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ZEPHYRA's avatar

Gentlemen: have you or anyone you become a father at the age of 50 and over?

Asked by ZEPHYRA (15133 points ) August 16th, 2012

Do you know anyone who has fathered a child at 50 or over? Comments/Views?

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10 Answers

El_Cadejo's avatar

I always feel bad for the kids. They miss out on so much stuff with their parents because of their age and inability to do those things anymore. They also have to deal with their parents getting old and dying a lot sooner than the rest of us.

Judi's avatar

I have a friend who became a dad around 50. He is more into his kid than most 30 yo dads I know and he can afford to show him the world. People are living older now. The kid could easily be in his 30’s before his dad dies, and judging by their health, dad will probably outlive mom who was 40.

DrBill's avatar

only myself

Tropical_Willie's avatar

Yes a guy that I worked with ten years ago. He had three grown kids ( in their twenties and thirties ). Married a lady as old as his oldest child, had a boy . His plan was to retire early ( at 62 or so he was 55 ) had a good paying job and great pension, he was retired Navy with over twenty in the service.

Fyrius's avatar

My aunt and uncle have two young kids that they got around that age, about a decade ago.
They do often seem tired. Let’s not jump to conclusions, but I wonder if it would have been easier on them if they’d gotten children at a younger age.

geeky_mama's avatar

I know of two cases – one a colleague/friend, the other my uncle.

In both cases they have no regrets about having kids at their age. (One had twins a few years ago at about age 52, and my uncle has a 15 yr. old and is in his mid-sixties now.)
Though, my colleague does say she thinks their age makes the experience a lot more tiring than it would have been if they’d had the twins in their 20s or 30s.

What I’ve seen is that older parents tend to be at their peak years of earning – which means they tend to have greater financial resources and have to really work at not spoiling their children (who tend to grow up wanting for nothing—except perhaps more of their parents’ time).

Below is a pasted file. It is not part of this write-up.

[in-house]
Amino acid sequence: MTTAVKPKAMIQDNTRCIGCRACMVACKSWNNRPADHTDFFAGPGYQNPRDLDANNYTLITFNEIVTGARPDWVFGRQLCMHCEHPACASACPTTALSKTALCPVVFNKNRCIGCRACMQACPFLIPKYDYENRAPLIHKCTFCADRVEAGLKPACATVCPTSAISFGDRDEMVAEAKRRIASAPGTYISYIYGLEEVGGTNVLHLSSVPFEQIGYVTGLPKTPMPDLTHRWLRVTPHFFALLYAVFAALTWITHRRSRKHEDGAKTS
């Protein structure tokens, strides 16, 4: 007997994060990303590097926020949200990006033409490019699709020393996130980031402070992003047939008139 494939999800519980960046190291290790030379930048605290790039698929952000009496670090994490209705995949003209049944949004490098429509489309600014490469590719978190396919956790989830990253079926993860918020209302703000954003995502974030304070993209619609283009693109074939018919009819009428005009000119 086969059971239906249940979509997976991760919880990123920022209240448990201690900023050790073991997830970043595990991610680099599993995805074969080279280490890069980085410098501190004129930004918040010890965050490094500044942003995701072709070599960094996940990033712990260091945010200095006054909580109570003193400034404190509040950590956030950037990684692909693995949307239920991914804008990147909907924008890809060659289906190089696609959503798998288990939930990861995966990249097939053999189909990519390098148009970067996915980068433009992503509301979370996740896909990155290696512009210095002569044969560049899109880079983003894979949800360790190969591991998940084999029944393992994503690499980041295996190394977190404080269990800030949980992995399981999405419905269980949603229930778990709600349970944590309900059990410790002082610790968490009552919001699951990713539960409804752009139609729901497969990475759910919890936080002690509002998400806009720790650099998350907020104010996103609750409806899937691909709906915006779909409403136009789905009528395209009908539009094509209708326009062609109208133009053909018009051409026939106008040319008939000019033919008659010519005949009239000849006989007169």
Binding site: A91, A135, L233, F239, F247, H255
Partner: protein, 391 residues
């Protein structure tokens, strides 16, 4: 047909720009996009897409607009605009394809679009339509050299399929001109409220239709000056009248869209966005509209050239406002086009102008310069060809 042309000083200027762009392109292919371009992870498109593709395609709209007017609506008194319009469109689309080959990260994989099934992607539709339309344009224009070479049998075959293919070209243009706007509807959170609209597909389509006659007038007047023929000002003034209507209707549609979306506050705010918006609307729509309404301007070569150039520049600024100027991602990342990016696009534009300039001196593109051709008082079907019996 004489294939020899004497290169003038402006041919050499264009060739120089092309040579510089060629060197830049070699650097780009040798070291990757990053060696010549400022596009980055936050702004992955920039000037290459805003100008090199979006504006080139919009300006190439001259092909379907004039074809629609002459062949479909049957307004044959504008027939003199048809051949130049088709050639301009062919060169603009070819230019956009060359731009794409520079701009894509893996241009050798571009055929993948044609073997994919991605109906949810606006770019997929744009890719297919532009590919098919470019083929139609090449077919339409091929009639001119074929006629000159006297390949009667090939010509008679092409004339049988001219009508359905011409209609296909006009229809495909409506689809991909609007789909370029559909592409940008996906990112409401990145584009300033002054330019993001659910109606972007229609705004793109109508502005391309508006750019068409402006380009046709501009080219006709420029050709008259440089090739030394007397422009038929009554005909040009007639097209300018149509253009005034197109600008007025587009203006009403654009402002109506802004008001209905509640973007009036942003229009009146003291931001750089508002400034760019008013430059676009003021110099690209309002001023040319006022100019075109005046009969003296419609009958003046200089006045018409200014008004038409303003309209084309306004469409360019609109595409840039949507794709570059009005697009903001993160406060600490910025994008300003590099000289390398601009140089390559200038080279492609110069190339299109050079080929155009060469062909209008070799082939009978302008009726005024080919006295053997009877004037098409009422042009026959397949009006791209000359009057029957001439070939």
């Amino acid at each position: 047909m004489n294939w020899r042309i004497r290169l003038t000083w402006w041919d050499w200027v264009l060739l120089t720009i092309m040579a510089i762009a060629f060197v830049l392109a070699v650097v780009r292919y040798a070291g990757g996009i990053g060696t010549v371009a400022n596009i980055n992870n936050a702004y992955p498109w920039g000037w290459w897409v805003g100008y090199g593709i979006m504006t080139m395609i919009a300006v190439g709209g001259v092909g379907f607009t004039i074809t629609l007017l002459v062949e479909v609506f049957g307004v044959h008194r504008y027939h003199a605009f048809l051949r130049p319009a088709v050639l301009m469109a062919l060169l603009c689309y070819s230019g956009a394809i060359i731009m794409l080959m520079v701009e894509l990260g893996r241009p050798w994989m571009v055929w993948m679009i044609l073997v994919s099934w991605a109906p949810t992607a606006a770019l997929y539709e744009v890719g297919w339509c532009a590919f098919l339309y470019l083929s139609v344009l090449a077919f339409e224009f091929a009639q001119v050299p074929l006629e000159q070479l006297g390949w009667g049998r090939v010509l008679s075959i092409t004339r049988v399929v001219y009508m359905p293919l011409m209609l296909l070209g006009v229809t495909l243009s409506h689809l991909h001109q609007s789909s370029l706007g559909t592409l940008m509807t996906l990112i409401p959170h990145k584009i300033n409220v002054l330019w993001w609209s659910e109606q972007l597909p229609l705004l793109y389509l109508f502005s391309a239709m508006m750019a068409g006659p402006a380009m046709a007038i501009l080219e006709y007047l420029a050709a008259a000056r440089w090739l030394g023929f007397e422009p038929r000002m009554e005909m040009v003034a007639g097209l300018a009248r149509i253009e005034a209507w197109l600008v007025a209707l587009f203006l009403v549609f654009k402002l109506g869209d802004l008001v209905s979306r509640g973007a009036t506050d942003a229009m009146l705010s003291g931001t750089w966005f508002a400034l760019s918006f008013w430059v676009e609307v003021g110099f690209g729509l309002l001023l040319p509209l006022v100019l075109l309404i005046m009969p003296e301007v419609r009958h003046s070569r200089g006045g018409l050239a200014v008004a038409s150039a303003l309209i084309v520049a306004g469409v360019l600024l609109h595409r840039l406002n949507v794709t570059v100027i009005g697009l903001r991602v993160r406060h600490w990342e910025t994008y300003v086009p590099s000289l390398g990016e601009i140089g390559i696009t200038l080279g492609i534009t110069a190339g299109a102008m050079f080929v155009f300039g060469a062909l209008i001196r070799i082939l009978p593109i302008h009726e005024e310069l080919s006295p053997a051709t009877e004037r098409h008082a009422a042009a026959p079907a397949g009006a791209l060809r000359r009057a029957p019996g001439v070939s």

Also, the experience is different if you’ve had children (and now perhaps they’re grown) before or not. If you’ve had kids before it’s easier to be a bit more laid-back the second time around..even if a decade or two have passed since the last time.

My uncle’s kids have traveled the world a lot more extensively than his son from his first marriage (now in his late 40s) did. So..there is that, too.

I think it also helps that all the folks that I know have all had (or are currently in) very good health.

TheIntern55's avatar

My uncle was 52 when my cousin was born. I think my aunt was 43. He’s actually a pretty good father, except, as @geeky_mama said, he’s a fancy New York lawyer and his kid IS spoiled.
But his father also used to be in a rock band in the 80’s and he taught his son 3 instruments and his knowledge of history and politcs. So the kid is smart and his father can afford to send him to a nice private school and they spend every weekend together…..I think that he’s a pretty good father. He doesn’t seem to tired, either, probably because it’s his only child and he wants to have a good relationship with his son, so it’s exciting for him.

zenvelo's avatar

One of my fraternity brothers didn’t get married until he was 46. His oldest was born when we were 48, the second when we were 50. He is one of the “youngest” guys in our group, and very active.

He works afternoon/ evenings for a TV station in Los Angeles, so he is with the boys every morning, takes them to school, and helps in the classroom in the mornings. He’s a great dad.

wundayatta's avatar

I was 44 for my youngest birth. I don’t have a problem with older dads. They are supposed to be calmer and better parents for no longer needing to prove themselves. Of course, they can’t run as fast. I don’t think that such a big deal. I can still ride a bike faster and longer than my son can. I do look forward to the day when he can tire me out, though.

Bellatrix's avatar

A friend of mine told me the other day she is pregnant and her partner is over 50 and it’s his first. I will report back over the years to come.

My boss would have been close to 50 when he had his son (his first child). His boy is now a teenager and they play sport together and his dad is very active.

I agree with @Judi that people are living longer and are usually healthier so I don’t think it is such a problem now. Older people are likely to be less harried by the worries of life too. They have usually (yes in the second case/not in the first) established themselves financially and are well established in their career. When you are younger, struggling to pay off a house, manage your own life, it can be hard to be as patient as you might. So, I think being older can have some benefits too.

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